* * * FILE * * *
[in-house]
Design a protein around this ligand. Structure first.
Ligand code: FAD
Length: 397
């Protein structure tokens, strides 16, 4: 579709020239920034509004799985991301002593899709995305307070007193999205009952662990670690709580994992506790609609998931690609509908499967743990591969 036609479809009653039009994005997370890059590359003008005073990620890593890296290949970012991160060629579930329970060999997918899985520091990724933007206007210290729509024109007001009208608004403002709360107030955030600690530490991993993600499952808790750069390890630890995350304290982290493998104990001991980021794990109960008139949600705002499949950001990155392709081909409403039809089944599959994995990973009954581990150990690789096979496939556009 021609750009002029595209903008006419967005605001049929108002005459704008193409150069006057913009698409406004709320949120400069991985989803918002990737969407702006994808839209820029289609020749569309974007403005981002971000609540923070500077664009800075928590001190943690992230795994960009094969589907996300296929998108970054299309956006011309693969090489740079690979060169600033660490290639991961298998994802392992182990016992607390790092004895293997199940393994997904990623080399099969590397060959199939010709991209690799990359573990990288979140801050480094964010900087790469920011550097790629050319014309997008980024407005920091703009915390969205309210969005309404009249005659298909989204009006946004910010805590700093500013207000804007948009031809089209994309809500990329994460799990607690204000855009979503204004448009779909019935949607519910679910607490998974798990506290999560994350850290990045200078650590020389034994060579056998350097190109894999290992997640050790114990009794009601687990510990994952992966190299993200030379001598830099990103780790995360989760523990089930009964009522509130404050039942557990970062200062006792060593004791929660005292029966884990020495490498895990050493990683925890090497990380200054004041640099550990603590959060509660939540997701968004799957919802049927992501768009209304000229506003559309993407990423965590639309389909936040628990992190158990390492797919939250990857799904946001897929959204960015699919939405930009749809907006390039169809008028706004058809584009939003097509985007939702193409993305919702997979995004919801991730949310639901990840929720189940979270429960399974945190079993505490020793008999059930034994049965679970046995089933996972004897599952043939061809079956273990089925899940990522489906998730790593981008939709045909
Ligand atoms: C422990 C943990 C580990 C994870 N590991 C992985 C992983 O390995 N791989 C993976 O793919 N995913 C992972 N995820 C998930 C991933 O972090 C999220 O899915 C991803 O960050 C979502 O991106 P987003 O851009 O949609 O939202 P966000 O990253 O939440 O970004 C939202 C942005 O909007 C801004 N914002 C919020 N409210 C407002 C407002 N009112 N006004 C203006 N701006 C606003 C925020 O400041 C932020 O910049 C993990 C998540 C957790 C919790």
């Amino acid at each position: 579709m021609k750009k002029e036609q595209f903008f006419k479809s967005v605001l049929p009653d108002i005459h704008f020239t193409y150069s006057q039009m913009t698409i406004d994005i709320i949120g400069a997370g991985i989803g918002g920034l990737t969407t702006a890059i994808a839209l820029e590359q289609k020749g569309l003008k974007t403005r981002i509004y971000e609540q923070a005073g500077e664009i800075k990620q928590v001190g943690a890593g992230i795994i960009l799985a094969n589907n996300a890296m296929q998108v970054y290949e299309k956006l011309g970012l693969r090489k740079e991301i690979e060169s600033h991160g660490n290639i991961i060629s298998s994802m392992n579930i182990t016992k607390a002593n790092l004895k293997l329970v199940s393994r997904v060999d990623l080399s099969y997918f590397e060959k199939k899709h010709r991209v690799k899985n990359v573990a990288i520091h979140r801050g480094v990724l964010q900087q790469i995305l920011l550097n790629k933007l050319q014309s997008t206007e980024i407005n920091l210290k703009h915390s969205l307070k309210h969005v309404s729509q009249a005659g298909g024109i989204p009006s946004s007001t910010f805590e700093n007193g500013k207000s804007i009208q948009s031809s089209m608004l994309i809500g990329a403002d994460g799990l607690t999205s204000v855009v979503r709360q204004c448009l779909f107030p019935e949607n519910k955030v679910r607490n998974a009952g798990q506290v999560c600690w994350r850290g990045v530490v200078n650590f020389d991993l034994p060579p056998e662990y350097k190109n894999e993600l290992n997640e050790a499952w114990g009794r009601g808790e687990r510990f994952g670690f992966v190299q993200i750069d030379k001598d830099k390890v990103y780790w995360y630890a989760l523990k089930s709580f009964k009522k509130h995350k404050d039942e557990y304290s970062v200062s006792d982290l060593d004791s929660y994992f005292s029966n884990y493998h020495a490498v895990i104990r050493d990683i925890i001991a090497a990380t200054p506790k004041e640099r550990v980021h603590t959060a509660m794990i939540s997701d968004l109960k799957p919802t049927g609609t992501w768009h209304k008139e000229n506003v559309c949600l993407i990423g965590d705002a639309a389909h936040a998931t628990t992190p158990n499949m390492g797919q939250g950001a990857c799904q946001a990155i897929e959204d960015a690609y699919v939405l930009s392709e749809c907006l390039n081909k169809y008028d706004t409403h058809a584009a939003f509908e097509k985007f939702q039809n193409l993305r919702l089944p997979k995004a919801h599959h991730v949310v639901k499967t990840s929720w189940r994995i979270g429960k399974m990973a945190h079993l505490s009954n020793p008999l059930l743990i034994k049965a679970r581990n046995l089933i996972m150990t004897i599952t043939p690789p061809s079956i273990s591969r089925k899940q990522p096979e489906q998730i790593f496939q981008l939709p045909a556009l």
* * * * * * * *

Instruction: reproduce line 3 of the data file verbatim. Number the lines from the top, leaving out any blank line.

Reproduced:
Ligand code: FAD